**Introduction**

Quantum field theory is the
relativistic generalization of (non-relativistic) quantum mechanics. It is a
very huge subject which physics graduate students normally study for two or
three semesters after finishing graduate-level quantum mechanics in their first
year of study. Nevertheless, as ¡°Fundamental Physics Prize¡± laureate Prof. Nima
Arkani-Hamed did in his third year as a physics undergraduate, many students
successfully learn quantum field theory without the knowledge of graduate level
quantum mechanics; along with the very basics of special relativity and
Cauchy¡¯s residue theorem, undergraduate quantum mechanics is more or less
sufficient as a prerequisite.

In these articles, we will teach you
quantum field theory assuming you have already read my previous articles on
physics and math. Since I treated there several topics usually treated in
quantum field theory textbook, you may not understand some of our articles here
if you only know the very basics of special relativity and undergraduate
quantum mechanics without reading my previous articles on physics and math.

I will add more sections and
articles later.

**Preliminaries**

Notations and conventions
in our review articles for quantum field theory

__Comments:__

Every quantum field theory book uses
slightly different notations and conventions. In the first article, we will set
ours.

**Klein-Gordon equation and Noether¡¯s
theorem**

Klein-Gordon
equation and Klein-Gordon action

__Comments:__

Klein-Gordon equation is the
relativistic generalization of Schrödinger equation.

Noether¡¯s
theorem in field theory

__Comments__:

The first article explains the field theory
version of Noether¡¯s theorem which is the one familiar from classical
mechanics. Only minor details are different. The second article treats one of
the most important examples of Noether¡¯s theorem.

A simple derivation of the conserved current in
complex Klein-Gordon theory

The variation of a field in terms of the
Noether charge

__Comments__:

If an action exhibits a
symmetry, one can easily derive the conserved current using Noether¡¯s theorem.
However, there is an equivalent, easier method, if you cannot readily remember
the formula for Noether¡¯s theorem. The first article concerns this method. The
second article shows how the variation of a field can be expressed by the
Noether charge associated with the variation. Readers should be familiar with
this from my earlier article ¡°Noether¡¯s theorem in field theory.¡± However, I
approach this from a different perspective. These two articles concern concepts
which are very important and often used in quantum field theory, but which are
usually left out of textbooks.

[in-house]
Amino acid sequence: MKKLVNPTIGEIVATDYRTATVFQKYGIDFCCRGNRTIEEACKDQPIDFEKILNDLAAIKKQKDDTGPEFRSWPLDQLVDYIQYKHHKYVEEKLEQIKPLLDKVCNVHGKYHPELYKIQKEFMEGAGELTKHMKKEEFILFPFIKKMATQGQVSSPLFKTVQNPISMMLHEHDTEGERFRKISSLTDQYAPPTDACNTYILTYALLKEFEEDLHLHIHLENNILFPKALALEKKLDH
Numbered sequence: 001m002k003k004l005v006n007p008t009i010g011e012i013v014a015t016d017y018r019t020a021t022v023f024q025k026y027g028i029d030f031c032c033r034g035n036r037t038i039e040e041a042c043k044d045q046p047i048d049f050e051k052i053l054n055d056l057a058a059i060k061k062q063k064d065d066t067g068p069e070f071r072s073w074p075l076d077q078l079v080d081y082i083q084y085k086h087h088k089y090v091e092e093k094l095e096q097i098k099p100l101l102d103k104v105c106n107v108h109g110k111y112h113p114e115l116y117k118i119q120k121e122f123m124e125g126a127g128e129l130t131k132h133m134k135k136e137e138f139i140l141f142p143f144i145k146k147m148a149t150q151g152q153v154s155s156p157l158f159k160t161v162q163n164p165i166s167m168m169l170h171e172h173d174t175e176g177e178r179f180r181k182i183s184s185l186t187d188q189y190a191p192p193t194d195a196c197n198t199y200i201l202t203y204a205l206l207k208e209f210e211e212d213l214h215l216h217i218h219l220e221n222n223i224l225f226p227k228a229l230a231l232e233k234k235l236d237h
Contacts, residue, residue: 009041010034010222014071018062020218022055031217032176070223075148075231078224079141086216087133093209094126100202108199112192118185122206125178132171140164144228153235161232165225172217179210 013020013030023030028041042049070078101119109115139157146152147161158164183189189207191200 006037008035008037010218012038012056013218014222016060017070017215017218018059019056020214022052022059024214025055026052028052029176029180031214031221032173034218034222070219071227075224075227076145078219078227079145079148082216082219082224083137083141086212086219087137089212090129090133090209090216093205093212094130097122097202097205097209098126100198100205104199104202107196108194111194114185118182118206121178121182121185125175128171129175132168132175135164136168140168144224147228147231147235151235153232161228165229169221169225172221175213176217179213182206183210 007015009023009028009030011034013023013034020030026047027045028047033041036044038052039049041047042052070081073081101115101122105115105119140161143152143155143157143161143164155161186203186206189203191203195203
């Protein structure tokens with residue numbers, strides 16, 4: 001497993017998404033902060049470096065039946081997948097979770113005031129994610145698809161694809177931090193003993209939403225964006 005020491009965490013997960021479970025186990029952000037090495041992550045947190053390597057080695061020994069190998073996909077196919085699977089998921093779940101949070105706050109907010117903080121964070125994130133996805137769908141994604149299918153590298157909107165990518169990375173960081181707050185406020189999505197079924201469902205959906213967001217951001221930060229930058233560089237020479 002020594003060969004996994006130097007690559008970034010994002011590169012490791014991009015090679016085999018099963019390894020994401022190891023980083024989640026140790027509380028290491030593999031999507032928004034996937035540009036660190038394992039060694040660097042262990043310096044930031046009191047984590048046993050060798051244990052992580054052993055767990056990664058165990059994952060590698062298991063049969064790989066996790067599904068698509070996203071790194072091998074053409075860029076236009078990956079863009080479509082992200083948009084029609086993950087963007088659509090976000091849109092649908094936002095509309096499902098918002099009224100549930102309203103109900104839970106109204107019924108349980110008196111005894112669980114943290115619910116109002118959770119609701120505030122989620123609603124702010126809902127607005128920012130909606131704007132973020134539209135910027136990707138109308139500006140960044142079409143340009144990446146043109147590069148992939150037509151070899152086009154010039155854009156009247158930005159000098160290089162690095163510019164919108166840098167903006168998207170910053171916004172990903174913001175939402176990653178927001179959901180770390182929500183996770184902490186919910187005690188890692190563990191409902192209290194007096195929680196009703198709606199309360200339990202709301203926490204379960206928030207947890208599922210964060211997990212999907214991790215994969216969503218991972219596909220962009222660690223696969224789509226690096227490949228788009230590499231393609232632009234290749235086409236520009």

**Complex
analysis**

Cauchy¡¯s
integral formula and Cauchy¡¯s residue theorem

Application
of residue theorem

__Comments:__

Cauchy¡¯s residue theorem plays an important role in quantum
field theory. For our purpose, it is needed in our article ¡°The Feynman
propagator¡± in the section ¡°Quantization of the scalar field.¡±

**Quantization
of the scalar field**

The
scalar field as harmonic oscillators

The
Feynman propagator of the scalar field

__Comments:__

By building on the ideas in the section ¡°Klein-Gordon
equation and Noether¡¯s theorem¡± we quantize Klein-Gordon field (also known as
the scalar field) in this section.

**The Lorentz
group**

The
Lorentz group and its representations

Spinor
representations of the Lorentz group

__Comments:__

The articles here are very beautiful and elegant.

**The Dirac
field**

The Dirac
equation and gamma matrices

Angular momentum
of the Dirac field

Solutions
of the Dirac equation

Quantization
of the Dirac field

The
Feynman propagator of the Dirac field

Electron
magnetic moment from the Dirac equation

C, P, T transformation for the Dirac field

__Comments:__

Having dealt with the scalar field in earlier sections, we
deal with the next simplest field, namely, the Dirac field in this section. In
the first reading, you can skip the last article.

**Scattering**

Cross sections

**Perturbation
theory**

The Dyson series
and the perturbative expansion of n-point function

Expectation
values in quantum field theory, revisited

Feynman
rules for phi^4 theory I

Feynman
rules for phi^4 theory II

Tree diagrams
and loop diagrams

Connected diagrams and disconnected diagrams

The effective action

Wick rotation

Euclidean formulation

__Comments:__

Those of the readers who read my earlier article
¡°Expectation values in quantum field theory (1)¡± may wonder why the Gaussian
function is present in the definition of the formula for the expectation
values. You will find the reason in the article about the Expectation values.

**Quantum
Electrodynamics**

Quantization of electromagnetic field

__Comments:__

You have to know the Maxwell
Lagrangian to understand the article ¡°Quantization of electromagnetic field¡±

**Renormalization**

**Path
Integral for Fermions**

**Quantization
of Non-Abelian Gauge theory**

Faddeev-Popov Ghost

BRST symmetry

Feynman rules for non-Abelian gauge theory

Asymptotic freedom

**Standard
Model**

Spontaneous symmetry breaking

Higgs mechanism

Glashow-Weinberg-Salam model

GIM mechanism and CKM matrix

**Anomalies**

**Group Theory**

SU(3) and the
Gell-Mann matrices

Tensor methods

Clebsch-Gordan decomposition

Quark model

SU(5) and the Georgi-Glashow model